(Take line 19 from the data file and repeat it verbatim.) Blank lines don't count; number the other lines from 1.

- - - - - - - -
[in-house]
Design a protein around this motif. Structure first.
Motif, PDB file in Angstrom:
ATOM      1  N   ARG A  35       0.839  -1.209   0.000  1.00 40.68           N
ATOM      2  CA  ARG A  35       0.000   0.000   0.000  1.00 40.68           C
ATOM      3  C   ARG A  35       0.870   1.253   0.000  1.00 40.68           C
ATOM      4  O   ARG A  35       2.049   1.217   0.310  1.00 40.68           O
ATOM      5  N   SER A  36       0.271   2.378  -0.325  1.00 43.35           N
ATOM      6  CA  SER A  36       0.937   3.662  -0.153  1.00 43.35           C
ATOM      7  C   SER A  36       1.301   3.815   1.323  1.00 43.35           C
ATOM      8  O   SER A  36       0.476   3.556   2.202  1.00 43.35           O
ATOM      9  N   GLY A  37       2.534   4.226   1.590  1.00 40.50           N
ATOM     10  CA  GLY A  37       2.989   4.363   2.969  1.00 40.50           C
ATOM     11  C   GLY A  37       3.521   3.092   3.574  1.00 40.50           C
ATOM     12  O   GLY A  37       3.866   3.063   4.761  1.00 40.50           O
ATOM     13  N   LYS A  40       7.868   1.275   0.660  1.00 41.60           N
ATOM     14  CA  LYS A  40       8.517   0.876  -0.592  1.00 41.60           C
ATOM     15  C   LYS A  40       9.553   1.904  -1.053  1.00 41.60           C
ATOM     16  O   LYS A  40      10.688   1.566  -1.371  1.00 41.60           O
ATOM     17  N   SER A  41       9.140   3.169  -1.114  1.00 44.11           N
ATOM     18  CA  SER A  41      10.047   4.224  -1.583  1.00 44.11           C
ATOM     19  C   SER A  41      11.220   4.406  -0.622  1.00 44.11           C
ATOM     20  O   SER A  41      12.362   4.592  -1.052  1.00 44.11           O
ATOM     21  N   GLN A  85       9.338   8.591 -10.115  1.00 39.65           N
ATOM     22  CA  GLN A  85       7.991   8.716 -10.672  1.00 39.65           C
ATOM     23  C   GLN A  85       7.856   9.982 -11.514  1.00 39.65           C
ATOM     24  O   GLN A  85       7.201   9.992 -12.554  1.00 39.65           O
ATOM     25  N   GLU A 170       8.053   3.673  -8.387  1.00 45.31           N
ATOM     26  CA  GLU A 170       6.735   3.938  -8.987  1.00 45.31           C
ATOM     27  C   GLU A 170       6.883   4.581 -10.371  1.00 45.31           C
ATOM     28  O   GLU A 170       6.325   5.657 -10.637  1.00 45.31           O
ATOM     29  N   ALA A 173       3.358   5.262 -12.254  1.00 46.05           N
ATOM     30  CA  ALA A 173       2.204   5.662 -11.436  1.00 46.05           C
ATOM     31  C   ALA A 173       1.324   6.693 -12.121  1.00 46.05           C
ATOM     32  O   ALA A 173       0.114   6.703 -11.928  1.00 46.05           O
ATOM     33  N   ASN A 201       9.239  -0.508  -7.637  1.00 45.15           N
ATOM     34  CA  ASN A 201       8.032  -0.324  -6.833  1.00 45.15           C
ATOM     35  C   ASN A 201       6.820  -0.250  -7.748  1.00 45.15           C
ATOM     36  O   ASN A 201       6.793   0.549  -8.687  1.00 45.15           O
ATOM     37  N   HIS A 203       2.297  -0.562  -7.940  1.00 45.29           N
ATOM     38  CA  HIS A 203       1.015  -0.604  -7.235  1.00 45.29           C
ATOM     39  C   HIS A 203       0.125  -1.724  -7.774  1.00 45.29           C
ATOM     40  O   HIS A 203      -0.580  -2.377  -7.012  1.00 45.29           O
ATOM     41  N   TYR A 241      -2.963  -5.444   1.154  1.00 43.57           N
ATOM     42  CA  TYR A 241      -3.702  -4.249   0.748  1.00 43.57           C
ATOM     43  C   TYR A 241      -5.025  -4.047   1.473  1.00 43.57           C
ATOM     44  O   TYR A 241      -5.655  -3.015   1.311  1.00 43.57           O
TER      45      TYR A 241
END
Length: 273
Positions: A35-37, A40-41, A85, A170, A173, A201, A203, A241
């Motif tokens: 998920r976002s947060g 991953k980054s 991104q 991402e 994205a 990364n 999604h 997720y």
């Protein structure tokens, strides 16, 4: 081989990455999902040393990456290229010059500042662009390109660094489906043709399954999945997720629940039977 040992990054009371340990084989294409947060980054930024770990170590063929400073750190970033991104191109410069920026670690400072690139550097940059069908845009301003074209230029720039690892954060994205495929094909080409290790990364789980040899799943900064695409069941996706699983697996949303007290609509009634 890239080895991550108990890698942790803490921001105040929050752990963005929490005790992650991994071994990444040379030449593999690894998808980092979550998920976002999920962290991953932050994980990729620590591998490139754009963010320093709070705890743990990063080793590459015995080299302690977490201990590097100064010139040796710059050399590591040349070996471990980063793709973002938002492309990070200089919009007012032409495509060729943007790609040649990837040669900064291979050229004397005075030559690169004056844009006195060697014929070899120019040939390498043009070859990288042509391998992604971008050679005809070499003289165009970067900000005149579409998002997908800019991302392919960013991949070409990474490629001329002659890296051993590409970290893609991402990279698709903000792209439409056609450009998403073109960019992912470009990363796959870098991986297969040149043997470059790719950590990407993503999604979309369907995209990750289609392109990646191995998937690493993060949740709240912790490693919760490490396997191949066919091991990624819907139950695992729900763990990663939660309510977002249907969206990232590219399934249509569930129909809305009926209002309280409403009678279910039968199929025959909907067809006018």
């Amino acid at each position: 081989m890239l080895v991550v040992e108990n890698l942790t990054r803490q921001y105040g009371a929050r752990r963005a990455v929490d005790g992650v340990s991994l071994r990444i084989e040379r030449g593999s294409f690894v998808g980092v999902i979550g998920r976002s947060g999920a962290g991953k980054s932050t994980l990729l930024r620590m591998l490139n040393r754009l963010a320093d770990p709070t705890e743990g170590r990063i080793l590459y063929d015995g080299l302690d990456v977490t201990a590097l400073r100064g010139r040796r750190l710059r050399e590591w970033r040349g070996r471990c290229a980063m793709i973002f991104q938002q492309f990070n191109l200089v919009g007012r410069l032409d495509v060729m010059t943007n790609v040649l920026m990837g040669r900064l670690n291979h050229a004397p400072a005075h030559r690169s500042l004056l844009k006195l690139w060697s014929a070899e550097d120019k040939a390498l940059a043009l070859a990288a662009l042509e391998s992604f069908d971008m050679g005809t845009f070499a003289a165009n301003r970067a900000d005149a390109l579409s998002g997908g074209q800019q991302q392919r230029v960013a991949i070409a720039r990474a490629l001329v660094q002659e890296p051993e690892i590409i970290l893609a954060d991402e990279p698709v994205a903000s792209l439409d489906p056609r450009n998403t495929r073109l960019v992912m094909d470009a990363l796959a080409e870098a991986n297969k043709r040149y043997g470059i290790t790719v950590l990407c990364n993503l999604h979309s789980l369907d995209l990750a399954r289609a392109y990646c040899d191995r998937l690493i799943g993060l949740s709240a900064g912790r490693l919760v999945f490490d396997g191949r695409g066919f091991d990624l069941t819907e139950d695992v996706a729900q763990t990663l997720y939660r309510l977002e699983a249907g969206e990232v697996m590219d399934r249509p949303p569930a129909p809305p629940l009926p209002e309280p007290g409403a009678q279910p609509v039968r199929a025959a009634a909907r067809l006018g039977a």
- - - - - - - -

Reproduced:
ATOM     16  O   LYS A  40      10.688   1.566  -1.371  1.00 41.60           O